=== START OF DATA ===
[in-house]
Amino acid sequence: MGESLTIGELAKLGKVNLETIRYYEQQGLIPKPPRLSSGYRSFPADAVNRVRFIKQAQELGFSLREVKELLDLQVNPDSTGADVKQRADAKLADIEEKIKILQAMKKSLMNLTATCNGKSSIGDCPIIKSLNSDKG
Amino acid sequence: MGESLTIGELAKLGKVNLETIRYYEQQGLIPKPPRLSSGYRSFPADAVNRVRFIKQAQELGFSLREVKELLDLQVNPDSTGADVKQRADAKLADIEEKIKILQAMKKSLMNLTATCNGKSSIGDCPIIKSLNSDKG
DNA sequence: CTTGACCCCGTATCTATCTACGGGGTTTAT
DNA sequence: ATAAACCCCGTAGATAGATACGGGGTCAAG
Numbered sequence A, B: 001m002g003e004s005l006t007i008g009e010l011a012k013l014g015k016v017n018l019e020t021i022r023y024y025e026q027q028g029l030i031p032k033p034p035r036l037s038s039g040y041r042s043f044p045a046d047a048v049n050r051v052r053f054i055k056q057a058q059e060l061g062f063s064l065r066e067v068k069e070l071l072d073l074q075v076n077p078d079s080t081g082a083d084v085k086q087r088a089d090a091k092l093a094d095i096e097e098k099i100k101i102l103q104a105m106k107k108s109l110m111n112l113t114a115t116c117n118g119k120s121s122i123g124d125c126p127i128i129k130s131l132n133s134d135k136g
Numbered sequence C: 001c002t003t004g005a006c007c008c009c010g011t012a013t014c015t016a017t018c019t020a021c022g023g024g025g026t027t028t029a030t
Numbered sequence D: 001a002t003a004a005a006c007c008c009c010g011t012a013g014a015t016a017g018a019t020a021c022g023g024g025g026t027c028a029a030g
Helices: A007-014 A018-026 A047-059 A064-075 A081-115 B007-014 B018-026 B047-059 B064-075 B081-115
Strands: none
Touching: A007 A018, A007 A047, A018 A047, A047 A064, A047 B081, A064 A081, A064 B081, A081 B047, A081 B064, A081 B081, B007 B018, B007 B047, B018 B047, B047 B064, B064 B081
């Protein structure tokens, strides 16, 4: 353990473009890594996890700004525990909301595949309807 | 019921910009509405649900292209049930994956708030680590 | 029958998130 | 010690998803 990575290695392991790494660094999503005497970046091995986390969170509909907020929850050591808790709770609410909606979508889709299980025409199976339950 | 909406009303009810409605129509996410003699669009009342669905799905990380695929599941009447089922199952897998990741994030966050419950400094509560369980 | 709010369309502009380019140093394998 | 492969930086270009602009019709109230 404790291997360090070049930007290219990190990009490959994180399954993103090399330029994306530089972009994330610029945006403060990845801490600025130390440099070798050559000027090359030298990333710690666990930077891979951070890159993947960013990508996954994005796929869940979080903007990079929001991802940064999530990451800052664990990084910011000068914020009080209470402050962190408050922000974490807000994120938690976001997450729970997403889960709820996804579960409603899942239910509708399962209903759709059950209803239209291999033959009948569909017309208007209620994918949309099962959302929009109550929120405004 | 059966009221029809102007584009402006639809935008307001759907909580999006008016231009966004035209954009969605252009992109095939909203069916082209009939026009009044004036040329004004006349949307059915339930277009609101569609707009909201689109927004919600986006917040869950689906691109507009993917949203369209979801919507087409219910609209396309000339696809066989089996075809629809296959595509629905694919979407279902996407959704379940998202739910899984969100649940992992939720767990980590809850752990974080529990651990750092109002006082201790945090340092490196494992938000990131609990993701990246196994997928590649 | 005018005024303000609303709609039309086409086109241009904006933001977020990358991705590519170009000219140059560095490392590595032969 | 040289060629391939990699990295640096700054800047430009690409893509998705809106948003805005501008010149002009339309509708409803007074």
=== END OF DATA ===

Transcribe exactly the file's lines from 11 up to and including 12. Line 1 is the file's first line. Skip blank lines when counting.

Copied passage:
Touching: A007 A018, A007 A047, A018 A047, A047 A064, A047 B081, A064 A081, A064 B081, A081 B047, A081 B064, A081 B081, B007 B018, B007 B047, B018 B047, B047 B064, B064 B081
């Protein structure tokens, strides 16, 4: 353990473009890594996890700004525990909301595949309807 | 019921910009509405649900292209049930994956708030680590 | 029958998130 | 010690998803 990575290695392991790494660094999503005497970046091995986390969170509909907020929850050591808790709770609410909606979508889709299980025409199976339950 | 909406009303009810409605129509996410003699669009009342669905799905990380695929599941009447089922199952897998990741994030966050419950400094509560369980 | 709010369309502009380019140093394998 | 492969930086270009602009019709109230 404790291997360090070049930007290219990190990009490959994180399954993103090399330029994306530089972009994330610029945006403060990845801490600025130390440099070798050559000027090359030298990333710690666990930077891979951070890159993947960013990508996954994005796929869940979080903007990079929001991802940064999530990451800052664990990084910011000068914020009080209470402050962190408050922000974490807000994120938690976001997450729970997403889960709820996804579960409603899942239910509708399962209903759709059950209803239209291999033959009948569909017309208007209620994918949309099962959302929009109550929120405004 | 059966009221029809102007584009402006639809935008307001759907909580999006008016231009966004035209954009969605252009992109095939909203069916082209009939026009009044004036040329004004006349949307059915339930277009609101569609707009909201689109927004919600986006917040869950689906691109507009993917949203369209979801919507087409219910609209396309000339696809066989089996075809629809296959595509629905694919979407279902996407959704379940998202739910899984969100649940992992939720767990980590809850752990974080529990651990750092109002006082201790945090340092490196494992938000990131609990993701990246196994997928590649 | 005018005024303000609303709609039309086409086109241009904006933001977020990358991705590519170009000219140059560095490392590595032969 | 040289060629391939990699990295640096700054800047430009690409893509998705809106948003805005501008010149002009339309509708409803007074």